Even as the COVID-19 pandemic subsides in the United States, it has become increasingly clear that Work-From-Home (WFH) arrangements will remain the “new normal.” But what does this change mean for employers’ data privacy and network security?
Many companies’ workers not only adapted to WFH, but thrived under it. According to a VoxEU.org study, American workers increased their productivity as they used their former commuting time to do more work. Many American workers have also taken a liking to the WFH model. In recent surveys conducted by Harris Polls and reported by USA Today on May 19th, 2021, 40% of American workers report they prefer WFH on a full-time basis, with up to 75% of workers wanting a working arrangement which includes some WFH flexibility. Another survey reported on April 19th, 2021 by FlexJobs.com (a remote work job board) found that nearly 30% of workers would either quit or resign from their current positions if their employer forced them to return to the office full-time. The sentiment has even produced a hashtag, #thegreatresignation, across social media platforms like LinkedIn.
Whether #thegreatresignation is merely hyped up social media buzz or not, the public data is being bolstered by internal company surveys and conversations with employees. Prudent management teams are currently rethinking their return-to-office strategies, and the accommodations they need or are willing to provide in order to retain and maintain their workforce. Some companies see adoption of a hybrid WFH-Office work model as a means to not only retain current employees, but attract new ones. While some positions simply cannot be performed well remotely, others can, affording talented workers the flexibility they are demanding. Therefore, post-pandemic WFH arrangements, whether full-time, hybrid or on-demand, are likely to remain a reality.
Companies making any formal changes to their pre-pandemic office-based employment arrangements are now going to need to take a careful look at their cybersecurity and data privacy policies and procedures in order to properly re-assess them, make the necessary adjustments, inform employees about the new requirements, and consider any necessary training. Exceptions to security measures temporarily afforded during the height of the pandemic must be re-evaluated if they are going to become permanent rules. A blended and expanded digital environment may result in more exposure to threat vectors, and a dramatically larger attack surface area that employers must defend.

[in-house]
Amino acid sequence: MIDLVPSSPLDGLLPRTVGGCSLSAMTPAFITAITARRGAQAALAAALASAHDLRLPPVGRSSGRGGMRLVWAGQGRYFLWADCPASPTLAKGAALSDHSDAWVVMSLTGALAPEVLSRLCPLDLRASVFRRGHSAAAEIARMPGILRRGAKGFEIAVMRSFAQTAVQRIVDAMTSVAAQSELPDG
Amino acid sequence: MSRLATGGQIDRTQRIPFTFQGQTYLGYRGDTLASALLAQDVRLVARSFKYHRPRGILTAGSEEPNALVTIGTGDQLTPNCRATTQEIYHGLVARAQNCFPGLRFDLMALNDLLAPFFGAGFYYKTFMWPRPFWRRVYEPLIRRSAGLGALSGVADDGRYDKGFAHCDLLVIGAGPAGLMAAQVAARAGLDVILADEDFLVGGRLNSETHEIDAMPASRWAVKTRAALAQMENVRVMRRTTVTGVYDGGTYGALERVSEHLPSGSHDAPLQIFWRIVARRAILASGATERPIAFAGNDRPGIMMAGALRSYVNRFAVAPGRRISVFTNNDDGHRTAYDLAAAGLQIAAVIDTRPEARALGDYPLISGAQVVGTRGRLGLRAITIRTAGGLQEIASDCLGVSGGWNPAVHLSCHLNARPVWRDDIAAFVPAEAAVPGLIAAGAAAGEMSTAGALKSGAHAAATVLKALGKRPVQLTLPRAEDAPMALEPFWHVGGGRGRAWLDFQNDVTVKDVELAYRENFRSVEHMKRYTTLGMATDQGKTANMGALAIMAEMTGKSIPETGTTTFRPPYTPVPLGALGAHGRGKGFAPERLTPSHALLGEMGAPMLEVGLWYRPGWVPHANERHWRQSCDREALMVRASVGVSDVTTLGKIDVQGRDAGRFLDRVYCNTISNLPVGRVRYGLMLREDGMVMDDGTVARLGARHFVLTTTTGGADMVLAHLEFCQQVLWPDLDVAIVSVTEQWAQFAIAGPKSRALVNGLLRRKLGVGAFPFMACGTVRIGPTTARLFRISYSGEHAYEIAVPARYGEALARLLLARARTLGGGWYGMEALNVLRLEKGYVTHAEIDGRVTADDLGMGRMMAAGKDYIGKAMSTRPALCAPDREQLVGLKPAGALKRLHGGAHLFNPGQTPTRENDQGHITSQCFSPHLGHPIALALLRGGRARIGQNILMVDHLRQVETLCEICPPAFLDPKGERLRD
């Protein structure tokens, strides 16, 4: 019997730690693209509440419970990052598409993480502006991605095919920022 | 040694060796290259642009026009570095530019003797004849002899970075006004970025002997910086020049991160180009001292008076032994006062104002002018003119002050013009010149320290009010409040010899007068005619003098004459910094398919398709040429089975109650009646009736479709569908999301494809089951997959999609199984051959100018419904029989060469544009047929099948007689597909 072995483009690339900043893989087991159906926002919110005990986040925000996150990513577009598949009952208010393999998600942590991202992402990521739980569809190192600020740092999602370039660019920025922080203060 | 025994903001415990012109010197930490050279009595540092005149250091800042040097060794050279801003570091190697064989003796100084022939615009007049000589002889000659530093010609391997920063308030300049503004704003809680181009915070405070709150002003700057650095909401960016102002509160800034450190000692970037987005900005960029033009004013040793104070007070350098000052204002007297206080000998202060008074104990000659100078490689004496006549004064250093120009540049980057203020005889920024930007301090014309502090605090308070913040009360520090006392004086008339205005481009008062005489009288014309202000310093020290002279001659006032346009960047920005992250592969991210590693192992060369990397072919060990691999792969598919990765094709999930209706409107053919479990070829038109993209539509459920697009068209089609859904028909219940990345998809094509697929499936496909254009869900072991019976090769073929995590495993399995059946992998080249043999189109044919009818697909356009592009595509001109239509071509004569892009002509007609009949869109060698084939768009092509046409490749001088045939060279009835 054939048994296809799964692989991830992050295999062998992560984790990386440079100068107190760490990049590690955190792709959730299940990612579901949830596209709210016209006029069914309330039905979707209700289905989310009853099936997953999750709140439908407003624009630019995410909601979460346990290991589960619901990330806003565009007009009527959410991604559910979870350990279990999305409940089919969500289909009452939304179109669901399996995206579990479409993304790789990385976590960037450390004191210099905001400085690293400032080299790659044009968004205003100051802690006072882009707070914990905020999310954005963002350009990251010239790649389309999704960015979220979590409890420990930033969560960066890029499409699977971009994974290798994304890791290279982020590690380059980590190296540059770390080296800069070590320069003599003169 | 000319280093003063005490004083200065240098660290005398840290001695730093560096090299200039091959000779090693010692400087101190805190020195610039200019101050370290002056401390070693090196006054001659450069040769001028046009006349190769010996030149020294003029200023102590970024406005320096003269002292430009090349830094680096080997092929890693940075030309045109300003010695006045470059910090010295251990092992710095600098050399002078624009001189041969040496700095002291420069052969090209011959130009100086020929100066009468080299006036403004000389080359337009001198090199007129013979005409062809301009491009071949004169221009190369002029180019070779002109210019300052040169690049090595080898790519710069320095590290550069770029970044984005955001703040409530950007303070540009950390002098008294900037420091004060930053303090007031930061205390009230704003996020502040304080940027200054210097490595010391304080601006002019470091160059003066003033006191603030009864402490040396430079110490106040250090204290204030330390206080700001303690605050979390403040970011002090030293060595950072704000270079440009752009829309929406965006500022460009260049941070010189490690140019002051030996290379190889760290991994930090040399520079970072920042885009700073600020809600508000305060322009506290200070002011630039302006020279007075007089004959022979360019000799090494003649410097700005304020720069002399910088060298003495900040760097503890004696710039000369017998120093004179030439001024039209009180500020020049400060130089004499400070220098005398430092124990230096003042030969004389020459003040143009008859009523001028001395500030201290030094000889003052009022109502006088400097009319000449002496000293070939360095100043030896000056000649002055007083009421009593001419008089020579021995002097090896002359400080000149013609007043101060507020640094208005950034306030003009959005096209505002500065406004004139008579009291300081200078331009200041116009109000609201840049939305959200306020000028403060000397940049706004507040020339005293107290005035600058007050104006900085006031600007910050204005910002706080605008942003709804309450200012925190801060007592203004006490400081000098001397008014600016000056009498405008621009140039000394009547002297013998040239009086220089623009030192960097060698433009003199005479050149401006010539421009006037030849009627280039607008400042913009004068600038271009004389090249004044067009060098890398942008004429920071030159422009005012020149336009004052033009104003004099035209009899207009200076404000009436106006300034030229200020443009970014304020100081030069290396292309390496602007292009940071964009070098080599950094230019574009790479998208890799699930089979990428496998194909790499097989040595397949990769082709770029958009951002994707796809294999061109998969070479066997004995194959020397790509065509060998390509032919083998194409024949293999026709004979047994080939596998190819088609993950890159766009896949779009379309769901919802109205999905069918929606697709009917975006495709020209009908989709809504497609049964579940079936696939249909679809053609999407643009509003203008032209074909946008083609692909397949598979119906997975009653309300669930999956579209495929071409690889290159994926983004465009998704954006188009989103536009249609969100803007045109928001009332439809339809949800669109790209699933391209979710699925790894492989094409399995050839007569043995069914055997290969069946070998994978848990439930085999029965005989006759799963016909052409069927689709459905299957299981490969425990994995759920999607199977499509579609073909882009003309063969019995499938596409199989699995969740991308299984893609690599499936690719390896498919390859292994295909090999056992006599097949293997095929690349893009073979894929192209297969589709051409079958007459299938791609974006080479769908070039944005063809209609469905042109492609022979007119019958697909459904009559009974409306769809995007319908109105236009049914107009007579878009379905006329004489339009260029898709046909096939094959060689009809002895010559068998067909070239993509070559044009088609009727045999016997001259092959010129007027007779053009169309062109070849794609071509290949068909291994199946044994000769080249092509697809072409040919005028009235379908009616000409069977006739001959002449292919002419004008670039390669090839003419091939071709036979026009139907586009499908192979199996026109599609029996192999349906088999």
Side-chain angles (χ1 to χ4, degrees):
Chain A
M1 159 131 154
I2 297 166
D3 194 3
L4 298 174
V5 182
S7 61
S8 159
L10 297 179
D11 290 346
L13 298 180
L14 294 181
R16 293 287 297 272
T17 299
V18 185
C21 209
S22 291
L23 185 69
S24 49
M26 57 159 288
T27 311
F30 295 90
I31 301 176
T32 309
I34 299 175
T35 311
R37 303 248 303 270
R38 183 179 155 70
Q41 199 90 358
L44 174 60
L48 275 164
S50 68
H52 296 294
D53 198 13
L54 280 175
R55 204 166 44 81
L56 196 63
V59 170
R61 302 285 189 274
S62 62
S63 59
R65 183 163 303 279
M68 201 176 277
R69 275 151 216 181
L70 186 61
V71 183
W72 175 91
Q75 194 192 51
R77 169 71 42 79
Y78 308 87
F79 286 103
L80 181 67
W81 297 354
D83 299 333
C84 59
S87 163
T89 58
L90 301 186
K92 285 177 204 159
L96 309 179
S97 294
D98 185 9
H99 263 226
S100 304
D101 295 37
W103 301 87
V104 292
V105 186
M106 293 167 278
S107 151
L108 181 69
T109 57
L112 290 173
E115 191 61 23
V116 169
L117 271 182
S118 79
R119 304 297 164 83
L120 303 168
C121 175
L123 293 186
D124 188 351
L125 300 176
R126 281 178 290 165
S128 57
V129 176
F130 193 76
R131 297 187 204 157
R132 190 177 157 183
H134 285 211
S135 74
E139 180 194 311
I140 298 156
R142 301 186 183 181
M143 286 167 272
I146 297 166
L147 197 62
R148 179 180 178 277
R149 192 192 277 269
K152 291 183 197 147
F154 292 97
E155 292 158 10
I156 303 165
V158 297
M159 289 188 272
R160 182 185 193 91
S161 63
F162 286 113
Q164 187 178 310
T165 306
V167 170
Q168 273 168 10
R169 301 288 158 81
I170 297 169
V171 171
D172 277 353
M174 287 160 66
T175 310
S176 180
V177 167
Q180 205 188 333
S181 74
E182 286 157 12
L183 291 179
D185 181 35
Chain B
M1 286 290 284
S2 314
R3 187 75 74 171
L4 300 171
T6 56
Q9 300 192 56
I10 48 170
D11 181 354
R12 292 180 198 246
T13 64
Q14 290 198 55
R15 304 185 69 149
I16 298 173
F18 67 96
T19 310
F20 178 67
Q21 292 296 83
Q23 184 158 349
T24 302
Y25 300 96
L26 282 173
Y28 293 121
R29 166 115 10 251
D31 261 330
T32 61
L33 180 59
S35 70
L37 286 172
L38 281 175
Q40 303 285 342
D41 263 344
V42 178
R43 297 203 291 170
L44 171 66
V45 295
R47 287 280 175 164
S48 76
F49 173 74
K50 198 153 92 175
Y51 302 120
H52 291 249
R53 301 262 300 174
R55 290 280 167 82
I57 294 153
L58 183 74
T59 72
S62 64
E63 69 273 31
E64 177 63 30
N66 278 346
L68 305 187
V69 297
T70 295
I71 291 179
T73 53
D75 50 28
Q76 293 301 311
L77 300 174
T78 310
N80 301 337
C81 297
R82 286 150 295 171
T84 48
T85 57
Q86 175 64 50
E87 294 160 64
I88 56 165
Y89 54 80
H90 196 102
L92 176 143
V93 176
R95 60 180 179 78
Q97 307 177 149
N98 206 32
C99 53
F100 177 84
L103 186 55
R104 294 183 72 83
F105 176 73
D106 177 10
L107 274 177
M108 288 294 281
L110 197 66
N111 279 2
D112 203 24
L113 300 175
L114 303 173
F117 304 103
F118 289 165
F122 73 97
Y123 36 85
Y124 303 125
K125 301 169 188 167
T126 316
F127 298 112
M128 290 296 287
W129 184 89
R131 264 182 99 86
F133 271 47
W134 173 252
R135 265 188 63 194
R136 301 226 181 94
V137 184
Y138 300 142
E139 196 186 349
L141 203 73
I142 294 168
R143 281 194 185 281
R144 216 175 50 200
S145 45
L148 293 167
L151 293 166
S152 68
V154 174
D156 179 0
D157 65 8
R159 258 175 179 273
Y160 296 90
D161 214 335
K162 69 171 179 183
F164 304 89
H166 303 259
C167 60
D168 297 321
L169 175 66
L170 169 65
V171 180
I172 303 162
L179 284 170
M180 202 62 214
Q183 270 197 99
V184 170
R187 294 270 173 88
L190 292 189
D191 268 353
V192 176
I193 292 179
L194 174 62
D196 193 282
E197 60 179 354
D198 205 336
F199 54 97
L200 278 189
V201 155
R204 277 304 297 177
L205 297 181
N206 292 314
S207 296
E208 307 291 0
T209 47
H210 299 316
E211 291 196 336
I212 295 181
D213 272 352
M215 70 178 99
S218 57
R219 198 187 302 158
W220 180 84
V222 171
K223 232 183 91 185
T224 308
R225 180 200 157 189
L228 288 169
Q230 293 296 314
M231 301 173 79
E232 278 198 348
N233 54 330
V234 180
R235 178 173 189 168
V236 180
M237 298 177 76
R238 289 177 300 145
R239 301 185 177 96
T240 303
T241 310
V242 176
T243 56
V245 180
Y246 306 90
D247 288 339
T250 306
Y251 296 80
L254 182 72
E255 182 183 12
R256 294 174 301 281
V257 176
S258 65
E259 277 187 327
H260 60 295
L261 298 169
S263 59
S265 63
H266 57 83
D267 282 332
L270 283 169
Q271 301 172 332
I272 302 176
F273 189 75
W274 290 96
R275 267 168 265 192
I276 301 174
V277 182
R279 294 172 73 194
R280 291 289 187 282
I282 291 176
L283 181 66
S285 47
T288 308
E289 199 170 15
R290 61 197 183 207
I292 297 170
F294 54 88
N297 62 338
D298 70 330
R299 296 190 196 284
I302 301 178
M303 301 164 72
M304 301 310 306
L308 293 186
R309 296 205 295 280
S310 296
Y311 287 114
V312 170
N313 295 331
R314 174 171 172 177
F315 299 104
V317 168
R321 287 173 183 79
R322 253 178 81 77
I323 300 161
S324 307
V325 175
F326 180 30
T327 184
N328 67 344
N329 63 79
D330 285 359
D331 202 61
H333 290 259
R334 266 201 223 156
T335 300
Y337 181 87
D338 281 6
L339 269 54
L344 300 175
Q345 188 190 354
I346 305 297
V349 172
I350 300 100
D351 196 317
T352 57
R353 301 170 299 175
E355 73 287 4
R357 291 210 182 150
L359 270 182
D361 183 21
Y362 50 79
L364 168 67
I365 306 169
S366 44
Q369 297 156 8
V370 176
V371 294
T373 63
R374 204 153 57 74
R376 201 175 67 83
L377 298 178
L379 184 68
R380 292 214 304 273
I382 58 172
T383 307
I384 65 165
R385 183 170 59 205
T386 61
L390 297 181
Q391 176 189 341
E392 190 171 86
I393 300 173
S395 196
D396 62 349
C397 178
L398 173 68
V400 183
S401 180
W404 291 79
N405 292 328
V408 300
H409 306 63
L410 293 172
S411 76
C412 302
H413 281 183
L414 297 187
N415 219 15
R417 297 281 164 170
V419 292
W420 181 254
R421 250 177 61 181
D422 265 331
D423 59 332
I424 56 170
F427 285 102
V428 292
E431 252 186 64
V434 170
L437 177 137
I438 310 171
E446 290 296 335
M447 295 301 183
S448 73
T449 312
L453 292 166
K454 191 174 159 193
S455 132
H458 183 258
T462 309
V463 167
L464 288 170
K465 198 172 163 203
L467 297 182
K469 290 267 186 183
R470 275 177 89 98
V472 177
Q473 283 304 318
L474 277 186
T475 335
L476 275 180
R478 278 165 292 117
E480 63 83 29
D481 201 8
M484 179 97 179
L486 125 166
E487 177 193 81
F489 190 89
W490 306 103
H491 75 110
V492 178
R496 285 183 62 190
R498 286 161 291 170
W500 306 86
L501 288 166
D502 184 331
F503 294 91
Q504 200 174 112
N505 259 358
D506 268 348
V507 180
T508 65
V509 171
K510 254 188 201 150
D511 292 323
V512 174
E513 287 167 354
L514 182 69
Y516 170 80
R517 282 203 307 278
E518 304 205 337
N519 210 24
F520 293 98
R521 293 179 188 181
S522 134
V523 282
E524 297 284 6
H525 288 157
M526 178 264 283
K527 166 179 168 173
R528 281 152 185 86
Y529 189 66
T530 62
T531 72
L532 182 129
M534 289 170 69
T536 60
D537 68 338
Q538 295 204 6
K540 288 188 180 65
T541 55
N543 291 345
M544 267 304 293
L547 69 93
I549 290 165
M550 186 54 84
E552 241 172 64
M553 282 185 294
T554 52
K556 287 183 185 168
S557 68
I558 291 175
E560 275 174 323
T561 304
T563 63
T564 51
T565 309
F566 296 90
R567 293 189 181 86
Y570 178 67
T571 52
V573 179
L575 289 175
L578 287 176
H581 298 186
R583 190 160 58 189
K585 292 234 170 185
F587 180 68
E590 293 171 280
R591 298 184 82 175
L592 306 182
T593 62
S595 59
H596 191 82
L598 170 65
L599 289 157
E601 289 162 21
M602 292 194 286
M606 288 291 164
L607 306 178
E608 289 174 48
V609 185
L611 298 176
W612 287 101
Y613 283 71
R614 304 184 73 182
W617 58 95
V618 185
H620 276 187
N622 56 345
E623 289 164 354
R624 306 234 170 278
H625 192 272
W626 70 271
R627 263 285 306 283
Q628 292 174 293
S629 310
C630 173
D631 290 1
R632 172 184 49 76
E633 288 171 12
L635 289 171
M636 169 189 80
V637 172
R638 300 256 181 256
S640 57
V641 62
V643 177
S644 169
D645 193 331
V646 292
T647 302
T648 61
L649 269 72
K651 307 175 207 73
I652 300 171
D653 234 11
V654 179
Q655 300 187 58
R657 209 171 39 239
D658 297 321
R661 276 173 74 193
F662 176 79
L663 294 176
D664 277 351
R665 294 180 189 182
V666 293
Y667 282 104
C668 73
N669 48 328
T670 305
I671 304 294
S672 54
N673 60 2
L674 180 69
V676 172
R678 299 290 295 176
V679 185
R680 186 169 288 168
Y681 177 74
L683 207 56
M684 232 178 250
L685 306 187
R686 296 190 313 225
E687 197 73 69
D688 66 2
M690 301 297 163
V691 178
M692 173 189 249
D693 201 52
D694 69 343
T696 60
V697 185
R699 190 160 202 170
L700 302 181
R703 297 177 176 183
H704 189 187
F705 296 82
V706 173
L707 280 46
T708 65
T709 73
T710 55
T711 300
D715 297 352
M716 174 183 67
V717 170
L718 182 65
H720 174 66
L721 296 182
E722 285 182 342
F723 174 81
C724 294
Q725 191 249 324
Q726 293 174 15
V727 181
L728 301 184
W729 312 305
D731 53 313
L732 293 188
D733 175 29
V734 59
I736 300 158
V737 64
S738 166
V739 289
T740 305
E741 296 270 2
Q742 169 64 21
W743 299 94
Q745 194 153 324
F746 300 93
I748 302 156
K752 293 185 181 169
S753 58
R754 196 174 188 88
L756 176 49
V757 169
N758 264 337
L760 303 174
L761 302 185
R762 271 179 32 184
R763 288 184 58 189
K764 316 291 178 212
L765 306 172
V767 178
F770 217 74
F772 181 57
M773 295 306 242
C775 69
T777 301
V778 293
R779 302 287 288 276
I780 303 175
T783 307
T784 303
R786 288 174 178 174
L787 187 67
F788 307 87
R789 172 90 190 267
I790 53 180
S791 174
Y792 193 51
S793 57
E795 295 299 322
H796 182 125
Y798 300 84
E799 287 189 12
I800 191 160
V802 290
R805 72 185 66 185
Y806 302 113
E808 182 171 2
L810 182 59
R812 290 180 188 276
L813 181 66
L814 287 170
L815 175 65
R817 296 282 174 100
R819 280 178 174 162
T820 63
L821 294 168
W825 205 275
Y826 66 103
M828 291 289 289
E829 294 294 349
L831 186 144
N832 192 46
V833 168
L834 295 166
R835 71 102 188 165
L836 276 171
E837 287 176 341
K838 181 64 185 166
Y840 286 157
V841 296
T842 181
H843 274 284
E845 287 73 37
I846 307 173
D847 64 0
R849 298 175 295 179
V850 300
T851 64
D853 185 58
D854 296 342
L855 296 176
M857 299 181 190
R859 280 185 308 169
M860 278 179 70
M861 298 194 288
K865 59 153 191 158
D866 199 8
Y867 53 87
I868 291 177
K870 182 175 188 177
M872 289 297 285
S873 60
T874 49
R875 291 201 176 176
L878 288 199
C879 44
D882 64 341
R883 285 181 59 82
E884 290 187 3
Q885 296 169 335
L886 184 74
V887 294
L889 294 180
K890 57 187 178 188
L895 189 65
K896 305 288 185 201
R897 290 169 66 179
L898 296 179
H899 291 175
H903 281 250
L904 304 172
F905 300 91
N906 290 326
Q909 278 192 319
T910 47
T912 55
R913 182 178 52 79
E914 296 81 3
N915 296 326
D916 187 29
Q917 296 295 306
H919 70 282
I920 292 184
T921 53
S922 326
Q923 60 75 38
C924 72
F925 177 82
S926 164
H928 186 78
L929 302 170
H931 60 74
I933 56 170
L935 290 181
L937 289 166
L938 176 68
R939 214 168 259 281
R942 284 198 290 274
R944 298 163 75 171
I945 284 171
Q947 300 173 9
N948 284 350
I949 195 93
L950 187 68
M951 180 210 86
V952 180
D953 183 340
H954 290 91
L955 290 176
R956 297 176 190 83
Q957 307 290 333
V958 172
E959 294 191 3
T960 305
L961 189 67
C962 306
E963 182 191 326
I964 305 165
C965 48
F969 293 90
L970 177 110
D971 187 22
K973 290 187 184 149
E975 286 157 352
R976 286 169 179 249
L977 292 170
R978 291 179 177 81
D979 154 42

Joe Kurlanski CISSP® HCISPP®, President of Prince Lobel strategic partner, Monarch Information Security Consulting, LLC, advises: “Permanent WFH or hybrid models present an interesting challenge, particularly for small to medium sized enterprise clients who likely do not have the budget to provide uniform equipment to their workforce. From a network security perspective, they are going to be faced with the choice of making significant hardware, software or cloud investments in order to ensure the security of their systems, or accepting the risk that employees may not be up to the challenge of properly securing home networks and computers. We also recommend creating a ‘security checklist’ for home networks, and adding language to Acceptable Use Agreements to cover new WFH responsibilities.”
Joshua Paquette CIPP-US, an Associate in Prince Lobel’s Data Privacy and Cybersecurity Practice Group agrees. “This is going to unfortunately push a lot of companies out of their existing comfort zone and compliance posture and present new policy, training, and education challenges. Employers and employees who were previously able to rely on the in-house IT support system really can’t any longer. Additionally, with the complex tapestry of various data security laws and regulations, companies are going to need to revisit their data mapping and data inventories in order to remain in compliance with those laws going forward.”
Joshua is a member of Prince Lobel’s Data Privacy & Security practice group, where he specializes in privacy-by-design consultation, privacy risk analysis and mitigation consultation, and the development, implementation, and governance of privacy programs in compliance with local, national, or international regulations.
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